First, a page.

Swiss bishops and lay people debate liturgical letter

Swiss bishops and lay people debate liturgical letter
Swiss bishops and lay people debate liturgical letter

Zurich, January 8th, 2023 (KAP) In a joint letter, the three German-Swiss bishops Joseph Maria Bonnemain, Markus Büchel and Felix Gmür called on the faithful in their dioceses not to make the liturgy an experimental field for personal projects as a “sign of unity”. . The bishops recommend anyone who wants to delve deeper into the subject to read Pope Francis’ letter Desiderio desideravi, as the information portal VaticanNews reported at the weekend.

The bishops of Chur, St. Gallen and Basel “hear the questions from many about being able to participate in the liturgy differently, for example as a woman,” the letter says. The bishops “hear the concern for appropriate language” and appreciate the “concern for good language in the liturgy”. Still, they urge believers not to conduct their own experiments. “Especially in the worldwide celebration of the same liturgy we are Catholic and in solidarity with one another. Use the variety of liturgical forms of celebration that the church offers. And use places in the liturgy such as reflection, sermons, meditation, intercession, songs, music, silence, to be able to enter personally,” says the letter, which is dated January 5.

The bishops continue to state that common witness needs common forms and rules. In terms of respect for this, in some places in German-speaking Switzerland, people are “far behind our potential,” the bishops said: “We bishops keep getting concerned inquiries and feedback, especially about church services.” Believers have a right to worship that follows the rules and forms of the Church.

The inculturated liturgy, which is uniform in its basic forms, is “a treasure of our church, which gives the believers, especially the migrants, a home around the world”. Therefore, the three bishops wanted to “emphatically” remind “that the liturgical forms and rules also apply in our country according to the provisions of the bishops”. They would particularly affect those presiding over the celebrations.

The letter explicitly points out that “only the priest validly presides over the Eucharist, administers sacramental reconciliation and administers the anointing of the sick”. It is for this very reason that he is consecrated. This Roman Catholic rule of faith must also be fully respected in the German-speaking Swiss dioceses. “This is not about blind obedience and certainly not about promoting patriarchal clericalism, but about the conviction that priests in the service and administration of the sacraments make visible that Jesus Christ himself works in and through the sacraments,” emphasized Bonnemain, Gmur and Buechel. That is why the church has held on to it since early Christianity.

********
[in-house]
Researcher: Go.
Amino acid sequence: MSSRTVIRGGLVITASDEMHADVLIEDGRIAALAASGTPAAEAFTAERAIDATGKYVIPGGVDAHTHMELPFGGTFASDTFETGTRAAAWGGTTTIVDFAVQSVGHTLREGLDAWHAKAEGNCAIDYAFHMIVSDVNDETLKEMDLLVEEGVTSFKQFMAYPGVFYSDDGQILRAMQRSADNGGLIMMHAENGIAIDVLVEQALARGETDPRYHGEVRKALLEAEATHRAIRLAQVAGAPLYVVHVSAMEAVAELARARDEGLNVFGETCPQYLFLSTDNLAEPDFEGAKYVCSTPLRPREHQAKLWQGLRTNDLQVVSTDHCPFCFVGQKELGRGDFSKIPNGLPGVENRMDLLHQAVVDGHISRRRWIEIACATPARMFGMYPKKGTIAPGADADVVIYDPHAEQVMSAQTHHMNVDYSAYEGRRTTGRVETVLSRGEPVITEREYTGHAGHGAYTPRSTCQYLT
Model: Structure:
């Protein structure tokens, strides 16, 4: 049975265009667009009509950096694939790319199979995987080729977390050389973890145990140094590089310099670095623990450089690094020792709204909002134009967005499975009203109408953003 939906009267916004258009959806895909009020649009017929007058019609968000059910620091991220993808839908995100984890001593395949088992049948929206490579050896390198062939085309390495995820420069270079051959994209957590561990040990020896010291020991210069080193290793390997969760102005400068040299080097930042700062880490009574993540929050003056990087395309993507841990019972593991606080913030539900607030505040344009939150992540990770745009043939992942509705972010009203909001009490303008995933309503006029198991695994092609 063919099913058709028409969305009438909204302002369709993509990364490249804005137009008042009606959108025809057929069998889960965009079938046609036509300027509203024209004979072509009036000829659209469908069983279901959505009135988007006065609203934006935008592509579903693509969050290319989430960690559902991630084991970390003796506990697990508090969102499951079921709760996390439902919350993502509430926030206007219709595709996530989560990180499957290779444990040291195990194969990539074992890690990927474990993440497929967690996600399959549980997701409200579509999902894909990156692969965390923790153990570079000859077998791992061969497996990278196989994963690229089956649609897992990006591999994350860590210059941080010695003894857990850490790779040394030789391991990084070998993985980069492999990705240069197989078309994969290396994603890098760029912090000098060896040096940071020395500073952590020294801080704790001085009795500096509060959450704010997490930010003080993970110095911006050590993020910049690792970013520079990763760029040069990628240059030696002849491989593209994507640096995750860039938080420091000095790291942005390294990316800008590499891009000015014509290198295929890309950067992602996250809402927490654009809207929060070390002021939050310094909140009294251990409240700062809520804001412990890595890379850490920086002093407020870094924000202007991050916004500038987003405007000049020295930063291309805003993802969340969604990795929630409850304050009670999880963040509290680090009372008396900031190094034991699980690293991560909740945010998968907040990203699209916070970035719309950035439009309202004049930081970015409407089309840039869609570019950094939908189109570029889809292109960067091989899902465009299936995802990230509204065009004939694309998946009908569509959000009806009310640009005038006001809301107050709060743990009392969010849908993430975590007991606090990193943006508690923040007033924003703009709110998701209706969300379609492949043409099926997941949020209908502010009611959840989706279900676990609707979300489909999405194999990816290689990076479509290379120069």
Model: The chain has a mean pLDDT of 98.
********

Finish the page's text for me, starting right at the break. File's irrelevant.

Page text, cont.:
The liturgical texts are also not arbitrary, because they are “not our texts, but those of the entire faith community”. The church knows a variety of texts, also in ecumenism, but they all follow a basic structure that has to be respected.

incidents in 2022

The background to the letter is two incidents in the past year. Pastor Monika Schmid retired in August. The liberal theologian had announced in advance that she would concelebrate at the closing service. After all, she has also celebrated trade fairs again and again in the past. “It’s become normal for us,” she explained. “Someone on the outside might wonder if I have permission to do this. I don’t ask anymore, I try to implement what I understood from Jesus. He says: Do this in memory of me.”

The second incident concerns the diocese of St. Gallen. The theologian Charlotte Küng-Bless stated on Swiss television that she had previously violated canon law. Specifically, it was an anointing of the sick. She later clarified that she had not donated an anointing of the sick in the canonical sense. It was about an anointing ritual that was shaped by the Catholic tradition. Actually, she wanted to call a priest – but the family wanted the pastor with whom they have a relationship of trust. Küng-Bless refers to Pope Francis, who wants shepherds among the people.

Some lay representatives criticized the letter from the bishops, but the Swiss Curia Cardinal Kurt Koch, who was Bishop of Basel from 1995 to 2005, supported his fellow bishops

“The German-Swiss bishops have recalled the essentials of the Catholic faith. That is their right and their duty, and they have done so in a sensitive manner,” he told the Swiss information portal

The article is in German

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